May 24, 2006
You Say You Want A Revolution? Chechen Sufism vs. Islamist Terrorism
In a hilariously ironic turn of events, it seems that the Russian Federation central government is now encouraging Chechens to return to observance of their indigenous flavor of Sufism , after 200 years of official anti-Islam policy ranging from denial that observant Muslims even existed to active persecution of believers. Well, I suppose that if you think your alternative is acceptance of a line of thought held by the charming folks who held a theater full of innocent civilians hostage, anything must seem like an improvement.
However, if a sign of a lasting trend rather than a few isolated occurrences (or a simple central government failure to control local Sufi observances), this turn of events would represent a significant departure from Moscow’s past policy toward Islam in the North Caucasus.
Historically Moscow has actively discouraged North Caucasian Sufism and treated it as a threat to state security. In fact, Shamil , the Caucasian leader of the anti-Russian resistance during the Caucasian Wars leading to the incorporation of Chechnya and the rest of the North Caucasus into the Russian Empire, was a Naqshbandi Sufi and the Third Imam of Dagestan and Chechnya. And for that matter, it’s no coincidence that Shamil Basayev, current Chechen resistance leader and anti-Russian terrorist, was named for him.
Perhaps Putin thinks that the Sufi zikr is a preferable alternative to the violence that has resurfaced in the North Caucasus along with the influx of outside strains of Islam (not to mention military support) since the collapse of the USSR; perhaps he simply thinks relaxing existing policy may serve as a safety valve to release some of the popular dissatisfaction and frustration with the pro-Moscow Chechen administration. In any case, current policy in Chechnya re: Islam isn't working very well, so it may be time to try something else - but I'm surprised to see an attempt at something so far from the norm. Is it desperation at the continued violence, or is Putin even more calculating than I previously thought?
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Amusing & interesting. I'd vote for desperation, myself, but Putin is one calculating bastid, so I'm sure there's a subtext to this.
Posted by: pantom at May 24, 2006 11:48 PM
I have a hard time believing that the flavour of Islamic practice is going to make anyone happier about the brutality and criminality of the Russian military presence.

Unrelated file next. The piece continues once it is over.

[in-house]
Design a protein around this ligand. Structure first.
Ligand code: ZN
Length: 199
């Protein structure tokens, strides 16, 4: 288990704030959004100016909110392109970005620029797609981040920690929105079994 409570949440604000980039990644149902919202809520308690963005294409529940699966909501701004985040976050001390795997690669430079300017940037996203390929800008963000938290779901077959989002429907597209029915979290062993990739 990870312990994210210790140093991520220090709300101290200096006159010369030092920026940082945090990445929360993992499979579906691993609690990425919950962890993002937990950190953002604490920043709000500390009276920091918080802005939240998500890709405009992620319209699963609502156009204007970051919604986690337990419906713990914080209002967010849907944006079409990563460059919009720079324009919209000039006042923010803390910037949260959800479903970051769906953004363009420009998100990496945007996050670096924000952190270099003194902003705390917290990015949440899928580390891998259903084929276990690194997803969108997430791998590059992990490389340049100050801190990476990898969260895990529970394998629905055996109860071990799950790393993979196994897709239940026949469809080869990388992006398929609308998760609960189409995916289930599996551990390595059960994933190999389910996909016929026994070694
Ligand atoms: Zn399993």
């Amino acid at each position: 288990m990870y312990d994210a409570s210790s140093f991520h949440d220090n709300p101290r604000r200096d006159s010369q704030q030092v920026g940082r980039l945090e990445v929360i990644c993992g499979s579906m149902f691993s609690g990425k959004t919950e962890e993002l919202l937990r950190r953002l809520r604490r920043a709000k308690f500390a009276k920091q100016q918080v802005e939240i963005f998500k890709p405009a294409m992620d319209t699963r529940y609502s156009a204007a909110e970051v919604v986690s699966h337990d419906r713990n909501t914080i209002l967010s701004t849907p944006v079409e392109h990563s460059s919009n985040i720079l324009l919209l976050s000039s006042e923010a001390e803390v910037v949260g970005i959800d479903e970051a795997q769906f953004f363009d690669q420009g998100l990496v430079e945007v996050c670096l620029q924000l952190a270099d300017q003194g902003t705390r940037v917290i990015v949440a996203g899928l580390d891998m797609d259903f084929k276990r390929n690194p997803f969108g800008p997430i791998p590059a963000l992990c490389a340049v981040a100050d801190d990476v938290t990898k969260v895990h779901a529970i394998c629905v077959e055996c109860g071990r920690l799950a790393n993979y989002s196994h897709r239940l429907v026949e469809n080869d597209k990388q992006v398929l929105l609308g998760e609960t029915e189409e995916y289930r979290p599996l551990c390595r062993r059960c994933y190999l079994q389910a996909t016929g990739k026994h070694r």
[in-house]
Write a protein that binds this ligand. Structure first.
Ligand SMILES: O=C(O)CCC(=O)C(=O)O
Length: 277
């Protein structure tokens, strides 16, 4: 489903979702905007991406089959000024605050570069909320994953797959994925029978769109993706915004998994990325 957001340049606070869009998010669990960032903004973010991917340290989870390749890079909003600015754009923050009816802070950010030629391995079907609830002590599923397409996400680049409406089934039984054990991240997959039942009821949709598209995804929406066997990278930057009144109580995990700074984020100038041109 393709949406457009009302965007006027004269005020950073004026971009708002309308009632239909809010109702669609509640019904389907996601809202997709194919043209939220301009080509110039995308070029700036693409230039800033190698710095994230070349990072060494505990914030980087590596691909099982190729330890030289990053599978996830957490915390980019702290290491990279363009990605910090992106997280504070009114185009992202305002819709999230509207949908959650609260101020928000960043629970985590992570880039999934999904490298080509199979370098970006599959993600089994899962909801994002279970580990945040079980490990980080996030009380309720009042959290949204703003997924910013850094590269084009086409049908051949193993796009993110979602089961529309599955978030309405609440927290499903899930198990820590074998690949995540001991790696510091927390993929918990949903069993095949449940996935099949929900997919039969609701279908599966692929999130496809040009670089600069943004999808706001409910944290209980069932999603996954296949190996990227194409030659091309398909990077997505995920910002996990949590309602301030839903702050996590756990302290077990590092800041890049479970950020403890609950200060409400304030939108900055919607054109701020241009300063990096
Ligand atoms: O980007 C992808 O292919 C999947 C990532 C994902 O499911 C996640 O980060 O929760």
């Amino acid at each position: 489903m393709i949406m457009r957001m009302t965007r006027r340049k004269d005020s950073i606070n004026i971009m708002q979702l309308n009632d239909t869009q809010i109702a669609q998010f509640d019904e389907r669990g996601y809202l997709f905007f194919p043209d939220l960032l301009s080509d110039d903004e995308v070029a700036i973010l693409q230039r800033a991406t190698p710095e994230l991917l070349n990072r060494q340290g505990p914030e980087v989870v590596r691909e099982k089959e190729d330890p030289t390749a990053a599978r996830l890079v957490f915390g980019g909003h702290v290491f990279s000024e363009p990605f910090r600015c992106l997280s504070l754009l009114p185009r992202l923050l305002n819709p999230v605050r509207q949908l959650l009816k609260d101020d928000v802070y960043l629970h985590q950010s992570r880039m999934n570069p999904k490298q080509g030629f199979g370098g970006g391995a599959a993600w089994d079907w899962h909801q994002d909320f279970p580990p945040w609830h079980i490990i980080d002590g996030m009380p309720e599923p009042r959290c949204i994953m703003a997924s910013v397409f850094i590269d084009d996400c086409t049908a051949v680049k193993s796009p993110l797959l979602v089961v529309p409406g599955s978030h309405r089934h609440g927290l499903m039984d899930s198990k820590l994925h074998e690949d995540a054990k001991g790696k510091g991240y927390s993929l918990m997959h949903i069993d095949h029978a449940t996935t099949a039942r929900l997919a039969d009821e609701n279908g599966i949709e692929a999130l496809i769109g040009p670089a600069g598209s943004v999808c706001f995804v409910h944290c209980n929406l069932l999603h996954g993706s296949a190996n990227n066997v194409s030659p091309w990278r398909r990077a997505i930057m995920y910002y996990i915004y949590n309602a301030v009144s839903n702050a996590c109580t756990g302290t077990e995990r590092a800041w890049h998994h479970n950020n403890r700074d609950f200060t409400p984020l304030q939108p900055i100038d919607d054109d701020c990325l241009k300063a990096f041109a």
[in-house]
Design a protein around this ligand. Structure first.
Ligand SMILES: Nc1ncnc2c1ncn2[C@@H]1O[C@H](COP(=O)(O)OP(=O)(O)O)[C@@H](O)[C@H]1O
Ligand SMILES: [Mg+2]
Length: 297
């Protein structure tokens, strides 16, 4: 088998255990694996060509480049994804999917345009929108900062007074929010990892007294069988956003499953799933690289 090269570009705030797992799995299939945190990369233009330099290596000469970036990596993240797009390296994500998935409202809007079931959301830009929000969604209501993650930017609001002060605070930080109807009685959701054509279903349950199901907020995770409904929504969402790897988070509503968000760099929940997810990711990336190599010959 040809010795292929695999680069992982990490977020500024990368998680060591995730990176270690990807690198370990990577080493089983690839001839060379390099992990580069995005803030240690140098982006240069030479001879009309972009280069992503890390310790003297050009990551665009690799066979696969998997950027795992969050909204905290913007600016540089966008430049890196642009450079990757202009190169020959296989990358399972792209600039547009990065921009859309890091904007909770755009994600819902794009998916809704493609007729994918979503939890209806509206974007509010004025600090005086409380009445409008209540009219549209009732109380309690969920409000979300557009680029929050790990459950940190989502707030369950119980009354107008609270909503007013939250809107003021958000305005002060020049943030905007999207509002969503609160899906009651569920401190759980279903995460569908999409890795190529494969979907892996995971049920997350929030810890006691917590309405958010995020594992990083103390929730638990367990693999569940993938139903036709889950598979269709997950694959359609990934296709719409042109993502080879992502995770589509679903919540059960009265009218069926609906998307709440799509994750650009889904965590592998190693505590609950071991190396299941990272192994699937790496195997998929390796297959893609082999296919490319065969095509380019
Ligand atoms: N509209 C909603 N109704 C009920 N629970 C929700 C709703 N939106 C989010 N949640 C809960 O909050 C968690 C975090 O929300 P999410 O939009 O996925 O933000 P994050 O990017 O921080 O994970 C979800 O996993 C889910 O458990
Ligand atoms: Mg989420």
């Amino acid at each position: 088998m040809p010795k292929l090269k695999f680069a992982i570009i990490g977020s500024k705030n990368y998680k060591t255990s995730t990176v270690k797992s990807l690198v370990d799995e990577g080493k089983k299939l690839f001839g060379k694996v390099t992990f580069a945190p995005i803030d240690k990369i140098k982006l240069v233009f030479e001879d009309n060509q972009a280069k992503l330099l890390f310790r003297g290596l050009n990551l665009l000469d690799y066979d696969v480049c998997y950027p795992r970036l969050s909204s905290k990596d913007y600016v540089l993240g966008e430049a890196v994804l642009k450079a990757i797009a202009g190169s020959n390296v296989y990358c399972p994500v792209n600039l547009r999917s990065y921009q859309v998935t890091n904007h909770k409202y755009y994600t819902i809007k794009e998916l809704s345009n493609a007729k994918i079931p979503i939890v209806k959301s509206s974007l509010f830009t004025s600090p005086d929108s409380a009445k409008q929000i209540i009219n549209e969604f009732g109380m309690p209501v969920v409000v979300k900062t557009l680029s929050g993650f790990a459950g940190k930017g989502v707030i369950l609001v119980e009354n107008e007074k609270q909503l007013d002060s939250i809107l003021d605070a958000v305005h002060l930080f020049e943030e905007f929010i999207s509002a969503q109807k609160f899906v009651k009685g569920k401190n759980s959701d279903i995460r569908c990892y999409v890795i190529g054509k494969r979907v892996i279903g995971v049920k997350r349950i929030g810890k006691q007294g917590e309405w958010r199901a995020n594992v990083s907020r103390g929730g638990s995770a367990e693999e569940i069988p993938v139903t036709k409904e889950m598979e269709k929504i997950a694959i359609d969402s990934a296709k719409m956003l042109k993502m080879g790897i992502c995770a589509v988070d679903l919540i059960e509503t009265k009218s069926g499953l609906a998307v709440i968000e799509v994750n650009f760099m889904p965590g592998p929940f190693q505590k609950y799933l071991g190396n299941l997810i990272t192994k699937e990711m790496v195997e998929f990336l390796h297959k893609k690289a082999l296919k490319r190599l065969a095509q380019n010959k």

The Wiki link on dhikr is queerly Perso-Urdu centric. Probably the core is written by a Indo-Pak fellow.
This caught me eye:
A group dhikr ceremony in Arabic countries is usually called the hadrah ("presence", referring not to God's presence but to that of the spirit of the Prophet Muhammad and to the awareness of each participant). The hadrah marks the climax of the Sufi's gathering regardless of any teaching or formal structure.
I guess in Machriq.
I wish Wiki authors were a little more aware of their limitations.
Posted by: The Lounsbury at May 25, 2006 12:42 AM
That Putin. It is beyound me why some Muslim governments would cozy up to him given how Russia has generally dealt with the Caucasian Muslims. Shameless. If Putin becomes Jewish than perhaps we can see some resistance. Yes, I am cynical.
Where are my Somali heads at?
Posted by: Bikhair at May 25, 2006 12:43 AM
Religious solidarity is a sham, and always has been.
Posted by: The Lounsbury at May 25, 2006 09:57 AM
Looks like he's taking a page from the Central Asian playbook. Note this article on Uzbekistan from 2000 :
Posted by: Tamerlane at May 25, 2006 12:47 PM
Tamerlane - thanks for the pointer. Have I ever mentioned that I want Paul Goble to bear my children?
I'm curious to see what kind of unintended consequences might pop up, both in Chechnya and in Central Asia. One of these days I'll get around to an update post on Andijan, for that matter.
Posted by: Eva Luna at May 25, 2006 01:09 PM
I don't think it's a good move in the long run for the Sufi orders to visibly become part of the Kremlin's strategy.
There will be a backlash to that too, although of what strength I don't know. And while becoming embroiled in Chechen official politics undoubtedly has some perks (such as getting to perform zikr in a big mosque named after Ahmad Kadyrov), it also brings a lot of new dangers.
Strategies of co-opting traditional power centers (tribes, ethnic minorities, religious sects) will often lead to them entering in coalition with specific regional, political etc factions of the government. That then both contributes to fissures in the system, to the traditionals being exposed to inter-administration rivalries, and to the government as a whole becoming entangled in tribal or religious vendettas. (Darfur is a terrific example.)
And while I know little about the Chechen local gov, it seems precisely the kind of weak coalition that could produce purges and infighting if crisis should erupt. It is not based on common goals, but on Moscow pressure and mediation, and a temporary alignment of interests -- both of which are inherently unstable as a base for government.
Posted by: alle at May 25, 2006 02:27 PM